One Bears tradition that appears to be ending, for the time being at least, is that of the teams personnel chief getting together with local media at the annual Scouting Combine in Indianapolis. New GM Phil Emery wont be available during the Combine, departing from something that went back to Bill Tobin, Rod Graves, Mark Hatley and Jerry Angelo.
Emery said during his introductory press session that he would not be talking publicly about players or team needs, so this really isnt a complete surprise.
But its a little too early to conclude that a media boycott of sorts is being imposed.
For one thing, coach Lovie Smith will chat with everyone on Thursday morning, really the first time hes been available since seasons end and Emerys arrival. Smith and most other coaches do this every year, sort of a mid-point briefing between the end of the year and the draftfree agency onset.
And Emery is less than a month into his new job. Doubtless he has done more than a little scouting and evaluating of Bears personnel already (hed have done some prior to his interviews, and the Bears played the Kansas City Chiefs during the season while he was in their front office).
So this close to first impressions is probably a little early for an in-depth chat about the Bears, the free-agent market and the draft. Hopefully Emery will go public a little more over time.
Tarik Cohen's rookie season with the Chicago Bears was an impressive blend of running, receiving and special teams play. He quickly became a household name. The combination of his diminutive frame and oversized personality made him a fan favorite, especially when he started gaining yards in chunks.
In fact, of all running backs with a minimum of 80 carries last season, Cohen had the highest percentage of runs that were 15 or more yards, according to Pro Football Focus.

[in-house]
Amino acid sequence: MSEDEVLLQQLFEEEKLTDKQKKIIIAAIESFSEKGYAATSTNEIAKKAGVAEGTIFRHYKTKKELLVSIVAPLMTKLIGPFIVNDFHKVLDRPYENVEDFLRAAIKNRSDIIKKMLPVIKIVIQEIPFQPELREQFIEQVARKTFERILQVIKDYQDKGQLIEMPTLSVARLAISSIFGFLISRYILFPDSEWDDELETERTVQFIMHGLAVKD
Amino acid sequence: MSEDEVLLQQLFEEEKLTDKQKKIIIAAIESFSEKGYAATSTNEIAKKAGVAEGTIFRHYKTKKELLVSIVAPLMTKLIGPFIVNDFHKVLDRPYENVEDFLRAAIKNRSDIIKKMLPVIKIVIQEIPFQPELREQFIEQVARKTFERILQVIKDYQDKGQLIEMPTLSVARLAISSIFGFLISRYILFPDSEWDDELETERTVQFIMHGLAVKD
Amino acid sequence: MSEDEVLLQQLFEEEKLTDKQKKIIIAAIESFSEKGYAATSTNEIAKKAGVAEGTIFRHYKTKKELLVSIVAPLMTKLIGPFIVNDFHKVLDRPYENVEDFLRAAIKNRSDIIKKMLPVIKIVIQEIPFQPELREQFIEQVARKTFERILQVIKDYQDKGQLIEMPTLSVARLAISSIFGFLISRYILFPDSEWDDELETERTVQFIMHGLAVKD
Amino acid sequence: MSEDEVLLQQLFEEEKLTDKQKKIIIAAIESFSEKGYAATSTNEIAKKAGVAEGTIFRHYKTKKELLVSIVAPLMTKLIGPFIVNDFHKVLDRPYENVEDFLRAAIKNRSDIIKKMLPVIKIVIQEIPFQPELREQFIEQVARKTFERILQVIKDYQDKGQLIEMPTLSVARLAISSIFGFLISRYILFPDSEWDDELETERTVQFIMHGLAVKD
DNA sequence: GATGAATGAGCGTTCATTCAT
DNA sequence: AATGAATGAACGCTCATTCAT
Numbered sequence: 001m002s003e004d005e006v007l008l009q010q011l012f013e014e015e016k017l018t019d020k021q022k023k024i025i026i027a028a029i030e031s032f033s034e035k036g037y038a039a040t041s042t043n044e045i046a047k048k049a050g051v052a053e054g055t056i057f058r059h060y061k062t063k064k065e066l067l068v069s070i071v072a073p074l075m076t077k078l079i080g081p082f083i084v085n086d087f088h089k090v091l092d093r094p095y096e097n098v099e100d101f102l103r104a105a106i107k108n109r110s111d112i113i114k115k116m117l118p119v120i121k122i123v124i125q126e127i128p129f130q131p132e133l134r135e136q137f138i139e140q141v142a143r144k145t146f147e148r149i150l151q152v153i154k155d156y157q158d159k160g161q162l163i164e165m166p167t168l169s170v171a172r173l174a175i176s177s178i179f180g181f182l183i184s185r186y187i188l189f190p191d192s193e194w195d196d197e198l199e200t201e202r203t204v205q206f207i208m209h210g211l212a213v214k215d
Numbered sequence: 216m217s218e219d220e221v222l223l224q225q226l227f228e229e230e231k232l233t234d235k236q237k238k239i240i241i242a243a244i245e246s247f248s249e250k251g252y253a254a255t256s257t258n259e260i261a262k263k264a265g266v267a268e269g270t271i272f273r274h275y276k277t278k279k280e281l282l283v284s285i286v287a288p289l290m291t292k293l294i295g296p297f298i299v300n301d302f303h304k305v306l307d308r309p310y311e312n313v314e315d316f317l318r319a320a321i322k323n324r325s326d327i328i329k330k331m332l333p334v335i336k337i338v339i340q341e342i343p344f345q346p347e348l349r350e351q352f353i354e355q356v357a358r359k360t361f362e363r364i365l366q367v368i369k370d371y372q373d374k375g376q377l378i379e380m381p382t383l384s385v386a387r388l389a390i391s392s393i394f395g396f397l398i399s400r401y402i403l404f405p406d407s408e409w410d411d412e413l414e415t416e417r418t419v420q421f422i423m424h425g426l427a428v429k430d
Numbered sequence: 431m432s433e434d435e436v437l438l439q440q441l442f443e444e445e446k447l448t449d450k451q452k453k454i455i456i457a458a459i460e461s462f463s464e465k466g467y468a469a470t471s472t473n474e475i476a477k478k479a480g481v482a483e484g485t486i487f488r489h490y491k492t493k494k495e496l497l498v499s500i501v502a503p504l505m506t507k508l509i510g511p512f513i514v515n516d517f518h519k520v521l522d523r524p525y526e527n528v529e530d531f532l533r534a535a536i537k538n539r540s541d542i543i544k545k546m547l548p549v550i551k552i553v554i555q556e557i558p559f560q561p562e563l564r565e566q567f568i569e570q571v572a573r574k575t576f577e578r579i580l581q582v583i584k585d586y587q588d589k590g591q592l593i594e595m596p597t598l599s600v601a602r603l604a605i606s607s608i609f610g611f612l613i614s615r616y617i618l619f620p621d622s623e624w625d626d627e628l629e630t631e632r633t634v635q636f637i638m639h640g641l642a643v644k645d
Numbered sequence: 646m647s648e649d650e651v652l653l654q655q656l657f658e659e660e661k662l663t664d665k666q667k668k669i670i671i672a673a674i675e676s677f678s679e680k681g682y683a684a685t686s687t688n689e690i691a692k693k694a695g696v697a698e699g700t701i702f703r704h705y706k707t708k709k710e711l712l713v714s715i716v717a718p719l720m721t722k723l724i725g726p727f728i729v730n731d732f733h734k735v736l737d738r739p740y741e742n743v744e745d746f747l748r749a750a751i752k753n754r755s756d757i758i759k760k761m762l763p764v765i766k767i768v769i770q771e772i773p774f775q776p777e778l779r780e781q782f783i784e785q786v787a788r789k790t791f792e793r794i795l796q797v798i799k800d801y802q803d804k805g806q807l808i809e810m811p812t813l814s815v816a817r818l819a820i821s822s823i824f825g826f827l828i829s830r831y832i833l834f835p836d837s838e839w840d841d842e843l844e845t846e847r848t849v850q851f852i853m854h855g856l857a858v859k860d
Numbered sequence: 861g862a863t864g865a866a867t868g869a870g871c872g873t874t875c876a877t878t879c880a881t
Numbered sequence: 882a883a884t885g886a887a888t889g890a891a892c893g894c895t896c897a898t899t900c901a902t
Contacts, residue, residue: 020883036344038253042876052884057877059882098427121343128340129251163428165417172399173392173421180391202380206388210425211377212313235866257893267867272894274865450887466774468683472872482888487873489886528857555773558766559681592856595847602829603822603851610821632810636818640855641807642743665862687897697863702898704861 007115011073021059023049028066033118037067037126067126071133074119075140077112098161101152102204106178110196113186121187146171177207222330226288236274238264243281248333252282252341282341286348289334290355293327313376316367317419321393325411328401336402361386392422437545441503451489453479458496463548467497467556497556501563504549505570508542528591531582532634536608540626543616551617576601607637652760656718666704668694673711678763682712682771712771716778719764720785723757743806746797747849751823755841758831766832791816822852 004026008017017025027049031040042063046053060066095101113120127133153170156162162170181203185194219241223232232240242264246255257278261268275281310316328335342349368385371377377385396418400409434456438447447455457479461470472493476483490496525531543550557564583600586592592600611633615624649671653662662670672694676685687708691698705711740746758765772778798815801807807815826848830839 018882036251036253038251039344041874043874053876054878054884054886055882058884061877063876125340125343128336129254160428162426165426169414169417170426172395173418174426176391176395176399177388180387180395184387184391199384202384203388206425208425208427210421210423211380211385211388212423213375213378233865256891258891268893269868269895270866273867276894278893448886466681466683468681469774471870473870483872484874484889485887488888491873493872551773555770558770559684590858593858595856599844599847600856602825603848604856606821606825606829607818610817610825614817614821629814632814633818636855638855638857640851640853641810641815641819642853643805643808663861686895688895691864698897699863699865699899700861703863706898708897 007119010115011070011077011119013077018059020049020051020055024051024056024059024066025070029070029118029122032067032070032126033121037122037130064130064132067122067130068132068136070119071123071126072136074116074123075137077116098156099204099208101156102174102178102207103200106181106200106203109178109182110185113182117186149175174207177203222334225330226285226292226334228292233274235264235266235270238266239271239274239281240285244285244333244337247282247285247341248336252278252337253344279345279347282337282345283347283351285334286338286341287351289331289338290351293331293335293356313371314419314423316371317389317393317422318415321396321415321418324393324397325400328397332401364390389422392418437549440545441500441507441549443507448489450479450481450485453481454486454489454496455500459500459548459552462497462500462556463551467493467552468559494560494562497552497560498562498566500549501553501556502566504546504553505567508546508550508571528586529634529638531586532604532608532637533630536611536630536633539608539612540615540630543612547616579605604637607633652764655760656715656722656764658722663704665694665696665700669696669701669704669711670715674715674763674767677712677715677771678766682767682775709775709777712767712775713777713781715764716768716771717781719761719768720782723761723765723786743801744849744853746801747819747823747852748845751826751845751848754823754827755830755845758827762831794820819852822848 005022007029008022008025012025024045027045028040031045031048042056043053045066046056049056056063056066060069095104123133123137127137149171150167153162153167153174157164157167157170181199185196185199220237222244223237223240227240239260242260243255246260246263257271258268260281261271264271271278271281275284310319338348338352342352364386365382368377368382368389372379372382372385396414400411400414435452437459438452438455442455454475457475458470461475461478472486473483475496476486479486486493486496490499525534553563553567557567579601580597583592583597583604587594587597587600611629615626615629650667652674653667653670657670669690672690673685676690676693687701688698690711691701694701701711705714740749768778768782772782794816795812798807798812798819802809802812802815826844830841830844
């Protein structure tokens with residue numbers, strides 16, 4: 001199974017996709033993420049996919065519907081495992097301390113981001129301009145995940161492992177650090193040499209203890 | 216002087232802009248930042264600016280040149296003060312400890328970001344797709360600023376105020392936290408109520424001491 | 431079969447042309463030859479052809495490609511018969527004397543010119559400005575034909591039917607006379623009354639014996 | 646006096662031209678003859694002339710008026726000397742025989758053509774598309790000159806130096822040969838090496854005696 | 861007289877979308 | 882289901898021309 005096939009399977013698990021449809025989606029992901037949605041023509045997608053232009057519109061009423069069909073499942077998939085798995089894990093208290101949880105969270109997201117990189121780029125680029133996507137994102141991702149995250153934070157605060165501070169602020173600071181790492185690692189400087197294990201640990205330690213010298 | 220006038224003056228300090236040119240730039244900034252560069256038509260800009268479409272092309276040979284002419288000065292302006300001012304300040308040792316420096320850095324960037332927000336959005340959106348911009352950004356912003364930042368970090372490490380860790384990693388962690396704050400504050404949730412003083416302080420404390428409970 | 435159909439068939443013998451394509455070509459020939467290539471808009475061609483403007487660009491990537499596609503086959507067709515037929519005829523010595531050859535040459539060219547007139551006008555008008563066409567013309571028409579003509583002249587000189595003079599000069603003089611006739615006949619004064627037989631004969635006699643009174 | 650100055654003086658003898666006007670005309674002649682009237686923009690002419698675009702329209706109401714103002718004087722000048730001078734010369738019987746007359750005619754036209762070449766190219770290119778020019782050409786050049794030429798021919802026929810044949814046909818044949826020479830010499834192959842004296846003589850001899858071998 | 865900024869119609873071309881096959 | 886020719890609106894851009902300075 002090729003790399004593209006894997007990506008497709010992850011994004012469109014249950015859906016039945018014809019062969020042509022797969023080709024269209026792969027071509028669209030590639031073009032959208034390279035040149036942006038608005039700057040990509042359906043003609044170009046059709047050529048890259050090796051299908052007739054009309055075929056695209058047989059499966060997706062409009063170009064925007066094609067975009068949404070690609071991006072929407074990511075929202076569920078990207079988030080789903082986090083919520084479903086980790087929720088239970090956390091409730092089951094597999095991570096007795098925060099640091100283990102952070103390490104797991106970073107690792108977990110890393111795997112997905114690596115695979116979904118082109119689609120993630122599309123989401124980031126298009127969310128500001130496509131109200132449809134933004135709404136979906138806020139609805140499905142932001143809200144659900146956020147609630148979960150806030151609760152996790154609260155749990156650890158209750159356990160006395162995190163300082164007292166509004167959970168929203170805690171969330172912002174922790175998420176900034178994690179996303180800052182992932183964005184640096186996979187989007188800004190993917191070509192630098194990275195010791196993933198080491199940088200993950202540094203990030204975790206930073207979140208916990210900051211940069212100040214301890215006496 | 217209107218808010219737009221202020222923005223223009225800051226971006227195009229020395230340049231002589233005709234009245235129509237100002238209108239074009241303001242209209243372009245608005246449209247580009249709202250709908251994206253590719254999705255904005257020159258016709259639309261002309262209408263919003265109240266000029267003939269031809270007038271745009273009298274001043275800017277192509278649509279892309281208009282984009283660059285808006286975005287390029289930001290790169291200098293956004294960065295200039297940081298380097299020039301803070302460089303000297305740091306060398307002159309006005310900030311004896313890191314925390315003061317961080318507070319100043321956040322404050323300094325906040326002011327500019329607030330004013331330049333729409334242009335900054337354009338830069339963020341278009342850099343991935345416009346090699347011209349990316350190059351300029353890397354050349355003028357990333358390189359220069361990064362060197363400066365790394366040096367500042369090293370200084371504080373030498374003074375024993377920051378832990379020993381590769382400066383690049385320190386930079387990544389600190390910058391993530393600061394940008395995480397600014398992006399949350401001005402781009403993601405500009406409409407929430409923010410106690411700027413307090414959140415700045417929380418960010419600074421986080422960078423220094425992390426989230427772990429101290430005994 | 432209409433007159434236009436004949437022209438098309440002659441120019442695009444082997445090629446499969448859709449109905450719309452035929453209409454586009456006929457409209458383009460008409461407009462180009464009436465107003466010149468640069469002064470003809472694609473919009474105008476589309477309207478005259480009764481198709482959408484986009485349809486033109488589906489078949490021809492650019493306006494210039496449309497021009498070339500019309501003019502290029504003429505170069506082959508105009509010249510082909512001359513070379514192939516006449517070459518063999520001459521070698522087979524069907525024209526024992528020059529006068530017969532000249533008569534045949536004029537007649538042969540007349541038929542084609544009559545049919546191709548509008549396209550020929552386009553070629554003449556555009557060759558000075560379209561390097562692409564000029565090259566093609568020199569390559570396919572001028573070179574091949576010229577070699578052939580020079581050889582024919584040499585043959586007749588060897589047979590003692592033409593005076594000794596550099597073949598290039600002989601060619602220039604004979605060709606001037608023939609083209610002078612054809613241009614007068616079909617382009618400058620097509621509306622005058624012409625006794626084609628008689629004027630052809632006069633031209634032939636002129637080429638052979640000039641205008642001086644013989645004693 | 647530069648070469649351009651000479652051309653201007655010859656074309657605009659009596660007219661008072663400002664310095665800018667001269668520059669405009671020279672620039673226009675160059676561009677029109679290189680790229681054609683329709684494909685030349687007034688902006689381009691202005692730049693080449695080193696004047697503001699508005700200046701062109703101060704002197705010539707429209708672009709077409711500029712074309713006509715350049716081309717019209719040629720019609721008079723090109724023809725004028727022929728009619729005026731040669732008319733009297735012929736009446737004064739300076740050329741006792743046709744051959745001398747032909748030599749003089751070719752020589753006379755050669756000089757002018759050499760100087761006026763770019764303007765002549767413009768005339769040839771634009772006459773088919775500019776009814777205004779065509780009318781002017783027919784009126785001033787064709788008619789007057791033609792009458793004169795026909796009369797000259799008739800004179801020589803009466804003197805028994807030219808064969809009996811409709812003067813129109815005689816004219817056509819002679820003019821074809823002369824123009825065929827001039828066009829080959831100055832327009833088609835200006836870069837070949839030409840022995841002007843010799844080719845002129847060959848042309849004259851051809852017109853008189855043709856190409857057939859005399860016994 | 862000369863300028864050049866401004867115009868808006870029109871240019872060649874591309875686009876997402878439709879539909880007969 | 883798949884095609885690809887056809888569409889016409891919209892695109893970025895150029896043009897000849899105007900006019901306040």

Cohen will have a big role in new coach Matt Nagy's offense this season because of everything he offers a play-caller. He's a weapon as a receiver out of the backfield and can chew up yards on the ground like any traditional running back. He's a hold-your-breath talent who can turn a bad play into a touchdown in the blink of an eye.
Cohen had 370 rushing yards, 353 receiving yards and three offensive touchdowns in what can be described as a limited role last year. John Fox and Dowell Loggains didn't seem to ever figure out how to best use Cohen's skill set. That should be no issue for Nagy and Mark Helfrich, the team's new offensive coordinator, who both bring a creative offensive approach to Chicago.
Jordan Howard will be the starter and will do most of the heavy lifting. But Cohen is going to have a much bigger role than he had as a rookie, and that should result in more big plays and points on the board.
Roquan Smith has more sheared sheep than tackles on his stat sheet as a pro football player.
Smith and several other Bears rookies participated in a hands-on community event at Lambs Farm in Libertyville, Illinois on Monday where he assisted farm staff with the sheep's grooming. Smith said it was a first for him despite growing up around animals.
"It's like on the norm for me though, playing linebacker you're in the trenches," Smith said of the experience.
"Shaving a sheep, I never really envisioned myself doing something like that," Smith said via ChicagoBears.com. "I was around animals [growing up], but it was more so cows and goats here and there and dogs and cats. I've petted a sheep before, but never actually flipped one and shaved one."
Bears rookies got up close and personal with more than just sheep.
Smith was selected with the eighth overall pick in April's draft and will assume a starting role opposite Danny Trevathan at inside linebacker this season. Here's to hoping he can wrangle opposing ball-carriers like a sheep waiting to be sheared.